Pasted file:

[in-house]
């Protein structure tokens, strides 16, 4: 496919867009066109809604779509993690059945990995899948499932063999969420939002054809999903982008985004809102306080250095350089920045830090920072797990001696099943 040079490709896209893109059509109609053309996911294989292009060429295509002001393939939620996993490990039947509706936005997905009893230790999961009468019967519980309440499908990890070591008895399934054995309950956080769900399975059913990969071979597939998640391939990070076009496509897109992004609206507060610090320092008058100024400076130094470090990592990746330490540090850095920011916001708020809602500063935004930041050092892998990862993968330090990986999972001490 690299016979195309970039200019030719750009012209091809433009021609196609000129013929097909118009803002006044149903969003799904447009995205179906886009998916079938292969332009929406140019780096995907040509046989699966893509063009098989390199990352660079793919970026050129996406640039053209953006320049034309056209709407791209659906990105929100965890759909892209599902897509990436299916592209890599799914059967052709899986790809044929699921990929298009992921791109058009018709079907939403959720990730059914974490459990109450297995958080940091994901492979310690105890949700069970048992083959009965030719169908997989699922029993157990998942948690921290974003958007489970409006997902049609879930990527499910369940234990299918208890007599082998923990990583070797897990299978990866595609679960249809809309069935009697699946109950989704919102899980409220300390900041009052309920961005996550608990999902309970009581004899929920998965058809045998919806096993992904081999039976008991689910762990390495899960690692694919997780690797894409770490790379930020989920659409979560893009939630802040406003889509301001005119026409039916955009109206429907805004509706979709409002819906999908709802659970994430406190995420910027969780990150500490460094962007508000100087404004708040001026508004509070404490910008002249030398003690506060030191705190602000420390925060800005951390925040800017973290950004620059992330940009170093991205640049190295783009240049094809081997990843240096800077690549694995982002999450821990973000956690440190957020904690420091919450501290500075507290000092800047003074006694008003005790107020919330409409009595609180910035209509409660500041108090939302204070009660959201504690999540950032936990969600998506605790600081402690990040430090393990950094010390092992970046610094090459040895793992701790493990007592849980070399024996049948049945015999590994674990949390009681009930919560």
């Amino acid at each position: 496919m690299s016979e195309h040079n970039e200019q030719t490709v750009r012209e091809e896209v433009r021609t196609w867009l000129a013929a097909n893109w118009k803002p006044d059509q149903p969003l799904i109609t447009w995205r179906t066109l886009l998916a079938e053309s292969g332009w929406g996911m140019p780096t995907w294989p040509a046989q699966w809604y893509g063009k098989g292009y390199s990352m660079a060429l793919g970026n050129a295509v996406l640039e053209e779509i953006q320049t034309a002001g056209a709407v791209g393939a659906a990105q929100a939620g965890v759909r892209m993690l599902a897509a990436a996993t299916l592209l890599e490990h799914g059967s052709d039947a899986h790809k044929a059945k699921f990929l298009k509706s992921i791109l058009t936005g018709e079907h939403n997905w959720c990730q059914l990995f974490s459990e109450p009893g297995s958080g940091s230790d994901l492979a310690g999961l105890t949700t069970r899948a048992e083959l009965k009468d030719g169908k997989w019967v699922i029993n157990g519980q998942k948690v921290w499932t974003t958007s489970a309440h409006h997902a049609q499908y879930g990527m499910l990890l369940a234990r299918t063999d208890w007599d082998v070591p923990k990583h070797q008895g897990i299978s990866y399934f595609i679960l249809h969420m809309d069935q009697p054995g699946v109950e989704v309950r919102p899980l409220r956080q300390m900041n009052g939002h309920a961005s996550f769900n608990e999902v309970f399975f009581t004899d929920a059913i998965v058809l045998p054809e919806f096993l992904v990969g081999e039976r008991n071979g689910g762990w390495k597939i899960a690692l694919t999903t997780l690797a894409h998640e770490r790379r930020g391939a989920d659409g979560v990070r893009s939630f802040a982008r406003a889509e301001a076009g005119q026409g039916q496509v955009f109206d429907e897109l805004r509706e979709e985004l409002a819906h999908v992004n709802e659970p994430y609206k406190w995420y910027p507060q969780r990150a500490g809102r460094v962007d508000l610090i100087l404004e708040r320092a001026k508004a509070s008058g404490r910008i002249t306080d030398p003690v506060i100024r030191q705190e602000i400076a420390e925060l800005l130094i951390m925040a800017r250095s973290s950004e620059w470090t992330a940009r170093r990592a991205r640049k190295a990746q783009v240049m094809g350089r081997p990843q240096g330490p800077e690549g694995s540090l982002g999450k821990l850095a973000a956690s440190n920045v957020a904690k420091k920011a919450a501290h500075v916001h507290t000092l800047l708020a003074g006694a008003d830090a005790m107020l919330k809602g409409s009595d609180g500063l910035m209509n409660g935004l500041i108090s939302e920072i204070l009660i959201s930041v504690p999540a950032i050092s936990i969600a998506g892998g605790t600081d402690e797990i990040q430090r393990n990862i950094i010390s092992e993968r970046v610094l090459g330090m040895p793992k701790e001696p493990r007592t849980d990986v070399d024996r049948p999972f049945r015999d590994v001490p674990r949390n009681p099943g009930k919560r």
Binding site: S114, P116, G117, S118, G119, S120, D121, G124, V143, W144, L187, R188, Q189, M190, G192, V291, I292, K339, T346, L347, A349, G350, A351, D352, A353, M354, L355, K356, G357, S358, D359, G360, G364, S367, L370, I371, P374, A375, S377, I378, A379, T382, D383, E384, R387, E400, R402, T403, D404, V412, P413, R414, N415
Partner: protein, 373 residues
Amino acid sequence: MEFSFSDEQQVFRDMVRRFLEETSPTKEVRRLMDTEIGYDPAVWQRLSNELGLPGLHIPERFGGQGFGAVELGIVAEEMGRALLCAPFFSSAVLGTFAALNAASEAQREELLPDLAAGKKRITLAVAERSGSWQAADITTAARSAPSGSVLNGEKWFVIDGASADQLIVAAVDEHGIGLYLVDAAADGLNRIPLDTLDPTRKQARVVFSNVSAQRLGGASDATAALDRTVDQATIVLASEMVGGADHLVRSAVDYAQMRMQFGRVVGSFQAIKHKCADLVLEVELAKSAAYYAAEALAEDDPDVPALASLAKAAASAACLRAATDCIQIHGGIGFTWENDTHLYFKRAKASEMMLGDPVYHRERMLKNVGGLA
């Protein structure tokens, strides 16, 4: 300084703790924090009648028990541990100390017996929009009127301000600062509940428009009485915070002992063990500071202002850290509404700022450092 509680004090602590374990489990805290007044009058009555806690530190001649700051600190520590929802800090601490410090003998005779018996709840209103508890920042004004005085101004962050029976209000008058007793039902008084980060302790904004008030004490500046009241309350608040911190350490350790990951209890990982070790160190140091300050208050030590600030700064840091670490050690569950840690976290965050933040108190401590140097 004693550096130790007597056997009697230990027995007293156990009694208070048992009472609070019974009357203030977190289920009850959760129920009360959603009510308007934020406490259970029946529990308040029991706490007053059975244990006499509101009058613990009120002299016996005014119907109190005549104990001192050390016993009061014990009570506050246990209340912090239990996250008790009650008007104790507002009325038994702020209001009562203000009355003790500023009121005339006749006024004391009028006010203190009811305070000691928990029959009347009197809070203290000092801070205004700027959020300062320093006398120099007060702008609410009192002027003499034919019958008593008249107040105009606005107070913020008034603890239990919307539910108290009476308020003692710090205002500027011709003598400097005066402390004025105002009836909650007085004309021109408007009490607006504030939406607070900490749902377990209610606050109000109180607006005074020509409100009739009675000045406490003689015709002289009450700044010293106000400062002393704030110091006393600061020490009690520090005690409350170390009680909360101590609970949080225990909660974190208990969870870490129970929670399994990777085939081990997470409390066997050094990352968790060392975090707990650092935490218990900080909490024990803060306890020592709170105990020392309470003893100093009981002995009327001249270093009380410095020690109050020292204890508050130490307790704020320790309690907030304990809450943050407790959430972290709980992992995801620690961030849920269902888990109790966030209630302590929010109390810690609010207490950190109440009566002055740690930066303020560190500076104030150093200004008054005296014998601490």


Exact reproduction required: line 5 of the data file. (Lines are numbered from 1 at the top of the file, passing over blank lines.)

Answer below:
Partner: protein, 373 residues